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PD hopes to welcome new K-9 by late fall

Published 10:48 am, Wednesday, July 3, 2013
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A new K-9 dog for the New Canaan Police Department is on schedule to arrive in mid-November, Capt. Leon Krolikowski told the Police Commission at its June 19 meeting.

"Our prior canines were involved in over 440 incidents," Krolikowski said, including everything from motor vehicle stops to missing persons.

The department, which has a specific fund for the dog raised through private donations, has located an academy in North Carolina where the dog will be trained. After training, the dog will be handled by Officer Michael McFadden, who was the keeper of the department's previous two canines.

"This school is much more demanding than the prior two," McFadden said at the meeting. "We had to do a lot of additional outside training for tracking (last time) to get him to where we wanted him to be."

Many police dogs, which are frequently German shepherds, are born and bred in Germany and the Czech Republic. Given that, all police commands McFadden gives are in German, he said as an aside at the meeting. The training that takes place in the States works as a kind of finishing school.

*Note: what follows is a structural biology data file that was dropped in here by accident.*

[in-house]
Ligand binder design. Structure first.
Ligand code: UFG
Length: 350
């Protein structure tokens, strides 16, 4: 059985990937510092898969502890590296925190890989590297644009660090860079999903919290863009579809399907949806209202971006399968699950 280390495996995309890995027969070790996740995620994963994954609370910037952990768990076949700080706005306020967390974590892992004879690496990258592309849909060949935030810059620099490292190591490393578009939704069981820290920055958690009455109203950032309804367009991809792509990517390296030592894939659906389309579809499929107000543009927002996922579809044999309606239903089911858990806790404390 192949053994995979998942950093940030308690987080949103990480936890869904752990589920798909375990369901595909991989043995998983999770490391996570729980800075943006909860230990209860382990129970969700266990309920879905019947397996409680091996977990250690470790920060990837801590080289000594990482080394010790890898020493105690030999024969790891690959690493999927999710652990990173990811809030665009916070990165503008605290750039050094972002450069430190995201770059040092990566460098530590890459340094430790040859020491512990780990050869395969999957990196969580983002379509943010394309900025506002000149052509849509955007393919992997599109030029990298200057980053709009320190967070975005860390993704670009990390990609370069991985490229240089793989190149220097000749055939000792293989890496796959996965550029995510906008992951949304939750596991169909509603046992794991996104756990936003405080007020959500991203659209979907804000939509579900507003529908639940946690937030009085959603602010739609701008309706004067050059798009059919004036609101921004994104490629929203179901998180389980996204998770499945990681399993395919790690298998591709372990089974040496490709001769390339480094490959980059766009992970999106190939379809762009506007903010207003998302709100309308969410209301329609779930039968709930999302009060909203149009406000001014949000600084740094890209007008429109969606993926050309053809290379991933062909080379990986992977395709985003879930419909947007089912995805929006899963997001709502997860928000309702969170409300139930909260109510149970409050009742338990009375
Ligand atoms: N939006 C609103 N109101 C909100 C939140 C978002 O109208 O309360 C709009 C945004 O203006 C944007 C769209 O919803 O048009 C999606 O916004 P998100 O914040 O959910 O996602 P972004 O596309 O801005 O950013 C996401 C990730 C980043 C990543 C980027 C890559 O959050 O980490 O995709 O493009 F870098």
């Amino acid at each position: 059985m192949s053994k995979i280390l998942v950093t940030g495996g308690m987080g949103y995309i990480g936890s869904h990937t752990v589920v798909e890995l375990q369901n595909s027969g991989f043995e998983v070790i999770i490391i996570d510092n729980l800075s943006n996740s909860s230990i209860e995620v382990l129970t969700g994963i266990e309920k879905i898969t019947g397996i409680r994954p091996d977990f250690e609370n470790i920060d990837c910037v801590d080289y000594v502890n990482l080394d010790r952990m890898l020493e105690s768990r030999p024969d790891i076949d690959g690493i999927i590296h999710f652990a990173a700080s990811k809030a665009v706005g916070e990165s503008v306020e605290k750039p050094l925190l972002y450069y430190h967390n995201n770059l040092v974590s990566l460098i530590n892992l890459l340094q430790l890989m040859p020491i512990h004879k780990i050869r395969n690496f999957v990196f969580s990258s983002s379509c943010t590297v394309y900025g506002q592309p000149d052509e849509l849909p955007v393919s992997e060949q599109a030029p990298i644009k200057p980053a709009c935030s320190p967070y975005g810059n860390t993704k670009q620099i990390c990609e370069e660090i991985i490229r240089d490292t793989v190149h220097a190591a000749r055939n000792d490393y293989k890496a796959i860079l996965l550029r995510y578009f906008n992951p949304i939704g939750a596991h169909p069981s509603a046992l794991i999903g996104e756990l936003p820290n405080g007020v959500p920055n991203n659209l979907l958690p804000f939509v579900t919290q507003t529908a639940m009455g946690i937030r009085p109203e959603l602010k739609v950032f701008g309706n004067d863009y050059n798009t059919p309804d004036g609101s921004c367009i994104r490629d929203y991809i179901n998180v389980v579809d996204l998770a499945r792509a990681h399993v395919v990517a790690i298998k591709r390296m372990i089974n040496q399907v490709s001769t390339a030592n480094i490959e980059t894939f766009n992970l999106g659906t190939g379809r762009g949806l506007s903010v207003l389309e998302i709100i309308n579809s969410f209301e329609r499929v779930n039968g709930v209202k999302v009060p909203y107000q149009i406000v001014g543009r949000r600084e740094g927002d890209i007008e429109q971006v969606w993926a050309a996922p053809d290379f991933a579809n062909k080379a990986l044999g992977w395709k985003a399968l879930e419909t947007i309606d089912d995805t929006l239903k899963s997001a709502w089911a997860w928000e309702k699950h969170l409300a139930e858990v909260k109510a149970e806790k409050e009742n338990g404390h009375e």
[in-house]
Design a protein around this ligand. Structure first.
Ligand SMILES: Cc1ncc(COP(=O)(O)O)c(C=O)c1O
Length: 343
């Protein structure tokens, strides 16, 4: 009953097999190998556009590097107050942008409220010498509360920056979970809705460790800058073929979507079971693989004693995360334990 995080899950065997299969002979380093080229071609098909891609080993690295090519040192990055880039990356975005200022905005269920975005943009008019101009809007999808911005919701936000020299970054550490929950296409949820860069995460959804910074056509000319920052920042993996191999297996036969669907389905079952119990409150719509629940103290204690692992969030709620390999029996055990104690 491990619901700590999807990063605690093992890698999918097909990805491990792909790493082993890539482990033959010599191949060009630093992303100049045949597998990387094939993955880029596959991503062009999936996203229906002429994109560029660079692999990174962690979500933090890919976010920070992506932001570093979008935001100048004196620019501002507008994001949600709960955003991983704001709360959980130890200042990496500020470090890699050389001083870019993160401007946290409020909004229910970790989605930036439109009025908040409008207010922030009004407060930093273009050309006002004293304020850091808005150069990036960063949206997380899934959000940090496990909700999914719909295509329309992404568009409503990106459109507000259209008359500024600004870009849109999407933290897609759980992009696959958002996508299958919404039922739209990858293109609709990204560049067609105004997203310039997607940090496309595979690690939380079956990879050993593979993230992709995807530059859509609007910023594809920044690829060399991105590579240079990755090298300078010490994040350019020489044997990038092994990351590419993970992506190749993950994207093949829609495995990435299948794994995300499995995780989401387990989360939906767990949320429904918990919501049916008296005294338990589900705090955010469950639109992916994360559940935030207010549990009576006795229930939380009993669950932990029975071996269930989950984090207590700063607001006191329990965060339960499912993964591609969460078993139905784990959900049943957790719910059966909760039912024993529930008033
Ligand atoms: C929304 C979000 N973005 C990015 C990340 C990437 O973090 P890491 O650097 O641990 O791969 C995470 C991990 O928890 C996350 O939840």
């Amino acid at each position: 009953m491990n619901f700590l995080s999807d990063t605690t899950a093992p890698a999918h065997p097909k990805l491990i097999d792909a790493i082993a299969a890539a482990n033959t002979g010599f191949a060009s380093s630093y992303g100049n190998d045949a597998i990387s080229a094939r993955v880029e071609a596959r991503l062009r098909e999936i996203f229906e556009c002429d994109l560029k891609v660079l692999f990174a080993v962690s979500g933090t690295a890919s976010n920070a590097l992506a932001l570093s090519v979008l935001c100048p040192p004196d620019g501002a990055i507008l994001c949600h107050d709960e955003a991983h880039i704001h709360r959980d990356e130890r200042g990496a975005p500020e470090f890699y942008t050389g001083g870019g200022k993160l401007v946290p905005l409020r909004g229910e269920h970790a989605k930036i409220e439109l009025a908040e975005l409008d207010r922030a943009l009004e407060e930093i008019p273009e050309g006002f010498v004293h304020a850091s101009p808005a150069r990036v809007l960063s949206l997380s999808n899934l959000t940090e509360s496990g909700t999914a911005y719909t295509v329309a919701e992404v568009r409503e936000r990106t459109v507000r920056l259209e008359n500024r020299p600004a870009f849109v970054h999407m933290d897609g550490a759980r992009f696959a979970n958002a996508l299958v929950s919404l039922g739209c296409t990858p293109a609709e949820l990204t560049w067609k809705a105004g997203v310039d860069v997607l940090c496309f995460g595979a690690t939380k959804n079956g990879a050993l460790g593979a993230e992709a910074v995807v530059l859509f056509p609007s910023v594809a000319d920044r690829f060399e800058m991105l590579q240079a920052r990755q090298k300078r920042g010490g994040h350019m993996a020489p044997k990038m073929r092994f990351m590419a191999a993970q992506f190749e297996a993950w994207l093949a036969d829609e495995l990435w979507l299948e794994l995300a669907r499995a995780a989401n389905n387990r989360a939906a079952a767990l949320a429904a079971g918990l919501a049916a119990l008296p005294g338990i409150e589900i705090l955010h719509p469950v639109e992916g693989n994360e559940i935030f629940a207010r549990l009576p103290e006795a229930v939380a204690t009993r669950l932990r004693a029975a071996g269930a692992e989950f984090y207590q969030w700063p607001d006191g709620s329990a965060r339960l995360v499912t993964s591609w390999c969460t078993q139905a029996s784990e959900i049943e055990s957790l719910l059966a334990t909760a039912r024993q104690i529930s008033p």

Krolikowski said the department was looking to purchase the dog Sept. 13 with training completed by Nov. 13.

The canine will have a warm reception when it reaches New Canaan, at least from the Police Commission.

"I think this is excellent," Police Commission Chairman James Cole said of the plan to purchase a new dog.

"I am thrilled," Police Commissioner Stuart Sawabini concurred. "I'm 100 percent supportive."

One trick in the process is having a dog that's tough enough for a crime scene but gentle enough for good public relations. Police Chief Ed Nadriczny said McFadden ought to get a lot of credit for the socialization he does with the K-9s.

"Mike has spent a considerable amount of time making sure these dogs are trained," Nadriczny said at the meeting. "When the dog is running around with a bunch of Cub Scouts, you don't have to worry."

The department has had a run of bad luck with their dogs, recently. In July of 2012, its dog, Zira was forced to retire from a degenerative spinal disease. Her replacement, Rocky, died from choking in a training accident in April of 2013, after only a few months with the force.

twoods@bcnnew.com; 203-330-6582; @Woods_NCNews